Locals and elected officials trashed a recently approved plan that will increase waste-filled train traffic, saying residents need refuge from the refuse.
The state’s Department of Environmental Conservation (DEC) approved a plan on June 11 that increases the amount of sanitation districts’ garbage that passes through the Review Avenue waste transfer station and ends up on trains that travel through Glendale, Middle Village and Maspeth.
Currently, 958 tons of residential waste is delivered to the site, Waste Management spokesperson George McGrath said. The new plan will add an additional 200 tons from districts in Queens. The increase would not take place until after the facility is renovated, which has no timetable, he said.
For years, residents have complained about the noise and odor from the trains.
“You have people who can’t open their windows. You have people that I know of that have moved,” said Anthony Pedalino, who lives just down the street from the Middle Village tracks. “It’s just become a nightmare.”
Pedalino documents the daily disturbances recording the times the trains pass behind his house, with the times often occurring before 6 a.m.
Instead of alleviating the issues, homeowners are worried their troubles will only increase.
The DEC said the Department of Sanitation’s (DSNY) analysis found the project’s impact would not be considered significant under the criteria in the State Environmental Quality Review regulation.
“I think any amount of increased noise or odor pollution is too much to withstand for these residents,” State Senator Joe Addabbo said. “These residents don’t need more rails bothering them on a daily basis.”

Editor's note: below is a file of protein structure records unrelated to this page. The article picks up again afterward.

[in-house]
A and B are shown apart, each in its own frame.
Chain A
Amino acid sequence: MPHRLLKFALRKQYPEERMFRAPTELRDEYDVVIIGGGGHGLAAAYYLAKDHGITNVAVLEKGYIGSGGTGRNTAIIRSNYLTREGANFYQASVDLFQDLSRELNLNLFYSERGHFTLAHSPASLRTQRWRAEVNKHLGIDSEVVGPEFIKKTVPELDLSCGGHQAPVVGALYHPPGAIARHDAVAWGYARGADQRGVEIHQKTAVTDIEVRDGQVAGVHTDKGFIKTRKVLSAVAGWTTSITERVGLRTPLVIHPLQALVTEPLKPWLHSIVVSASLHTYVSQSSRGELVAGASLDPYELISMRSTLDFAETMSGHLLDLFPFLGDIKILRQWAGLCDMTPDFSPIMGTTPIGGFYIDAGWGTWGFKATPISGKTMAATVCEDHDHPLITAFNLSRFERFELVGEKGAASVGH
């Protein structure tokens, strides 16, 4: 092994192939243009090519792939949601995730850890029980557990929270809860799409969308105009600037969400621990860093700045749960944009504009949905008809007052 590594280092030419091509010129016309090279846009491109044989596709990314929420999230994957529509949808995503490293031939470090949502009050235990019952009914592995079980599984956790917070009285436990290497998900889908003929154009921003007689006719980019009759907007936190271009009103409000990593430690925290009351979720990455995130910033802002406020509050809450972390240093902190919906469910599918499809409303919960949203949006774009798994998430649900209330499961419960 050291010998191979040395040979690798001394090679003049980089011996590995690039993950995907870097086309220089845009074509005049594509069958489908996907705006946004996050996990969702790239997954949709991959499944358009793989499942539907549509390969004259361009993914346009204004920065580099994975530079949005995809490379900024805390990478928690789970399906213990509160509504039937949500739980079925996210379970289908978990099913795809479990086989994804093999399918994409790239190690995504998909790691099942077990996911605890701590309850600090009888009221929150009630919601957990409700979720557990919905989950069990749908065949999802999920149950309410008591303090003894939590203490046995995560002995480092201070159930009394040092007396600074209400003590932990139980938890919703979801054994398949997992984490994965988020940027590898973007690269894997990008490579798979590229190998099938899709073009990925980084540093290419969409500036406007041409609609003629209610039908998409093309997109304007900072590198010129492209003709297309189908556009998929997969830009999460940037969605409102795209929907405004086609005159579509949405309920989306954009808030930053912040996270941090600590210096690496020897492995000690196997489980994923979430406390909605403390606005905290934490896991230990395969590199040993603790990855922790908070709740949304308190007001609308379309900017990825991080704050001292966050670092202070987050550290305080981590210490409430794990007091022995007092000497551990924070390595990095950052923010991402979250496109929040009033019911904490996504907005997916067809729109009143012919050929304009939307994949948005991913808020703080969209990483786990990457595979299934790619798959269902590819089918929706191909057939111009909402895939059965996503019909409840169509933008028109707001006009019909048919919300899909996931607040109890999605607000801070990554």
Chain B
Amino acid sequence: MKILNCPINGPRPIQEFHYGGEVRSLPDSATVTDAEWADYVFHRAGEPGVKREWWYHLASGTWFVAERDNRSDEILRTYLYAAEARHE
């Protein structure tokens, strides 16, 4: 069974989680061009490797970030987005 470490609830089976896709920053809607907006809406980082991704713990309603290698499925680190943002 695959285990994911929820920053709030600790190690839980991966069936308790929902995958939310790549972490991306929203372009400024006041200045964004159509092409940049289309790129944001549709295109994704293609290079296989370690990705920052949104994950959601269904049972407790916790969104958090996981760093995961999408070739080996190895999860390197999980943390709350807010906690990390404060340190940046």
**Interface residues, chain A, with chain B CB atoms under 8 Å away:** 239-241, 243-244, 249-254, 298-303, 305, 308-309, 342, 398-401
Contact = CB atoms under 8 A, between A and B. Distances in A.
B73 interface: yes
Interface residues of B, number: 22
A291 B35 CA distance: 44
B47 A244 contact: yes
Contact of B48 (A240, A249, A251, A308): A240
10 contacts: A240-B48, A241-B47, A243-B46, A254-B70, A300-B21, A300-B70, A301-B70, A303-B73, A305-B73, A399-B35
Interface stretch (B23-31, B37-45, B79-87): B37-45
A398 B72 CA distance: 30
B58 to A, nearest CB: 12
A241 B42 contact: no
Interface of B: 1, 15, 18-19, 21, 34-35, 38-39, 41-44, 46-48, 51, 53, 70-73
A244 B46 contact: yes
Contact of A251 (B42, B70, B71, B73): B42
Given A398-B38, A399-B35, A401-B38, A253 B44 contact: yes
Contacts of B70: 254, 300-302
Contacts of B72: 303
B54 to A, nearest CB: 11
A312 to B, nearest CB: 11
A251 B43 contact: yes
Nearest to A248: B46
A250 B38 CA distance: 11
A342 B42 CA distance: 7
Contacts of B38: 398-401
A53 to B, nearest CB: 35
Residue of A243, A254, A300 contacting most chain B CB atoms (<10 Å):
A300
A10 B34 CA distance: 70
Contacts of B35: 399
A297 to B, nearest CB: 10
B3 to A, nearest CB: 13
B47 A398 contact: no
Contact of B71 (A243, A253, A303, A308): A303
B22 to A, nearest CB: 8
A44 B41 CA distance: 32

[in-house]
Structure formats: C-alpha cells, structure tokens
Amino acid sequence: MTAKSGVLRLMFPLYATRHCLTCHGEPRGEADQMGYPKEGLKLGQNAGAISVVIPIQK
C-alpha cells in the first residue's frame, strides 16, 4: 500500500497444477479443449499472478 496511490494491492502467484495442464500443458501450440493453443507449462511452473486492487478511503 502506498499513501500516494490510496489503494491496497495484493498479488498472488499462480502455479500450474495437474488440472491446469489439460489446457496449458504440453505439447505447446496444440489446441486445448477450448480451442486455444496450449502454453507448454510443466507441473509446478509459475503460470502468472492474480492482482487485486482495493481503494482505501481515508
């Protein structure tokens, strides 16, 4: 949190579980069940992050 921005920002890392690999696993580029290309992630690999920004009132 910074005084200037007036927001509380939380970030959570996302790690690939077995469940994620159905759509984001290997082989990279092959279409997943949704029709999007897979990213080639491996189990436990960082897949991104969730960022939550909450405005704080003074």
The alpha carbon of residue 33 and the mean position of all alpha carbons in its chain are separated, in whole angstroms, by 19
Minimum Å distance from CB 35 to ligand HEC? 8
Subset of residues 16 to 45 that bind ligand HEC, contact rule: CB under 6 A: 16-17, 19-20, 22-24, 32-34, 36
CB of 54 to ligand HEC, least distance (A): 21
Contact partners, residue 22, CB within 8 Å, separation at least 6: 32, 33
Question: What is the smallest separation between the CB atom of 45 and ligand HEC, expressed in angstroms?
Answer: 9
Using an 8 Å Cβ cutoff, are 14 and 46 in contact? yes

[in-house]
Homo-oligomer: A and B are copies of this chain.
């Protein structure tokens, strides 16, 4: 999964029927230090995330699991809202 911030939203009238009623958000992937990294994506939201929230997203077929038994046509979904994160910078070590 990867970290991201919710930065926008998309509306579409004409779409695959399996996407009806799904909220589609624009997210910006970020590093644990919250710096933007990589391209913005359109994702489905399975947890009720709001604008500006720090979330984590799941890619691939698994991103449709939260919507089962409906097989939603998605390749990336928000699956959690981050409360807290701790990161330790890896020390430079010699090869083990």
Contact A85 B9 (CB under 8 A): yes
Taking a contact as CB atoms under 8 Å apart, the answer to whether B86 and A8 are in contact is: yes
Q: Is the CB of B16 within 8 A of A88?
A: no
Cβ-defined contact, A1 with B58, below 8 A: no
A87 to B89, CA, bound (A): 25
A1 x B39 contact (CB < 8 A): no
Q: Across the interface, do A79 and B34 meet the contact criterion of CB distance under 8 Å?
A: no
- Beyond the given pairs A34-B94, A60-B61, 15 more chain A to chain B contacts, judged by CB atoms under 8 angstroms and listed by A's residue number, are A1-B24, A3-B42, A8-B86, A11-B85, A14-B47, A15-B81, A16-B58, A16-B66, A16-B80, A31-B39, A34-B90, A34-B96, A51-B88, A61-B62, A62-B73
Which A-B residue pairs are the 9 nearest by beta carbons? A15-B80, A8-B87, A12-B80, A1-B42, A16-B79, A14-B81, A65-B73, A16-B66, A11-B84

The DSNY could not be reached for comment as of press time.
Area officials — including State Senator Michael Gianaris, Assemblymember Mike Miller and Councilmember Elizabeth Crowley — gathered with residents outside the waste transfer station to urge the DEC to reconsider the plan and instead barge the garbage.
Currently, the garbage travels from the Long Island City facility north to Selkirk, NY, crosses the Hudson River and travels back south through New Jersey to Waste Management’s landfill in West Virginia.
“Now I don’t think that makes much sense when you consider this facility is sitting on the Newtown Creek, a waterway,” said Bob Holden, president of the Juniper Park Civic Association.
Holden and the elected officials want the trash barged to a New Jersey port, either Port Elizabeth or Port Newark, both of which have stops along the CSX rail line that carries the trash.
Any legislation to change the route would have to be federal because of the interstate travel.
While barging was considered, McGrath said, the narrowness of Newtown Creek at that point creates logistical problems.
“There is no place to store barges in that area, so you have to move them in and out several times a day,” McGrath said. “That in turn probably involves lifting the Greenpoint Avenue Bridge several times a day.”
“Our focus is working with customers in moving waste as efficiently as possible. In this location we believe rail is the way to go.”